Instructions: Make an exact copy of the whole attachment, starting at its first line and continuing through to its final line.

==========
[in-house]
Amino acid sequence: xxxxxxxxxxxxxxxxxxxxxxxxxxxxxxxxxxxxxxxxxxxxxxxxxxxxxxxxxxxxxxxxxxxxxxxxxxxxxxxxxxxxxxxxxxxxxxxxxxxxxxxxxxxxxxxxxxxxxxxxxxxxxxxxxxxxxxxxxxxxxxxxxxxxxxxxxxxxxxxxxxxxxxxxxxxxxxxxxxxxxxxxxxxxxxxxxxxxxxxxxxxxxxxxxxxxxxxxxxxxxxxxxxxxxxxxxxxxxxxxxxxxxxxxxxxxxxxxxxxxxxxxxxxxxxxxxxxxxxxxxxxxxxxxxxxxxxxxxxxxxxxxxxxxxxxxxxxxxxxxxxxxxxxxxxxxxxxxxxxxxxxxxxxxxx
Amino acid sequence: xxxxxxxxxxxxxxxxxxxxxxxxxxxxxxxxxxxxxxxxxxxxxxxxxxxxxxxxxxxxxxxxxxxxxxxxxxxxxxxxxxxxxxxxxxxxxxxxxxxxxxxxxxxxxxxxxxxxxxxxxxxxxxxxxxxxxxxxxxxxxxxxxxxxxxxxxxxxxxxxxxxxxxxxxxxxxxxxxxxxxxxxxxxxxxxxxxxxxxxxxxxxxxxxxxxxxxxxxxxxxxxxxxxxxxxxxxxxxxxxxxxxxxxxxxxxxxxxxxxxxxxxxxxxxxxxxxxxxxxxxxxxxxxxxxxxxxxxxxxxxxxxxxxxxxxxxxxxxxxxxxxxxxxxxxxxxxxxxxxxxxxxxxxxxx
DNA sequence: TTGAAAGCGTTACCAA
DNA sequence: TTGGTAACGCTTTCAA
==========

[in-house]
Amino acid sequence: xxxxxxxxxxxxxxxxxxxxxxxxxxxxxxxxxxxxxxxxxxxxxxxxxxxxxxxxxxxxxxxxxxxxxxxxxxxxxxxxxxxxxxxxxxxxxxxxxxxxxxxxxxxxxxxxxxxxxxxxxxxxxxxxxxxxxxxxxxxxxxxxxxxxxxxxxxxxxxxxxxxxxxxxxxxxxxxxxxxxxxxxxxxxxxxxxxxxxxxxxxxxxxxxxxxxxxxxxxxxxxxxxxxxxxxxxxxxxxxxxxxxxxxxxxxxxxxxxxxxxxxxxxxxxxxxxxxxxxxxxxxxxxxxxxxxxxxxxxxxxxxxxxxxxxxxxxxxxxxxxxxxxxxxxxxxxxxxxxxxxxxxxxxxxx
Amino acid sequence: xxxxxxxxxxxxxxxxxxxxxxxxxxxxxxxxxxxxxxxxxxxxxxxxxxxxxxxxxxxxxxxxxxxxxxxxxxxxxxxxxxxxxxxxxxxxxxxxxxxxxxxxxxxxxxxxxxxxxxxxxxxxxxxxxxxxxxxxxxxxxxxxxxxxxxxxxxxxxxxxxxxxxxxxxxxxxxxxxxxxxxxxxxxxxxxxxxxxxxxxxxxxxxxxxxxxxxxxxxxxxxxxxxxxxxxxxxxxxxxxxxxxxxxxxxxxxxxxxxxxxxxxxxxxxxxxxxxxxxxxxxxxxxxxxxxxxxxxxxxxxxxxxxxxxxxxxxxxxxxxxxxxxxxxxxxxxxxxxxxxxxxxxxxxxx
DNA sequence: TTGAAAGCGTTACCAA
DNA sequence: TTGGTAACGCTTTCAA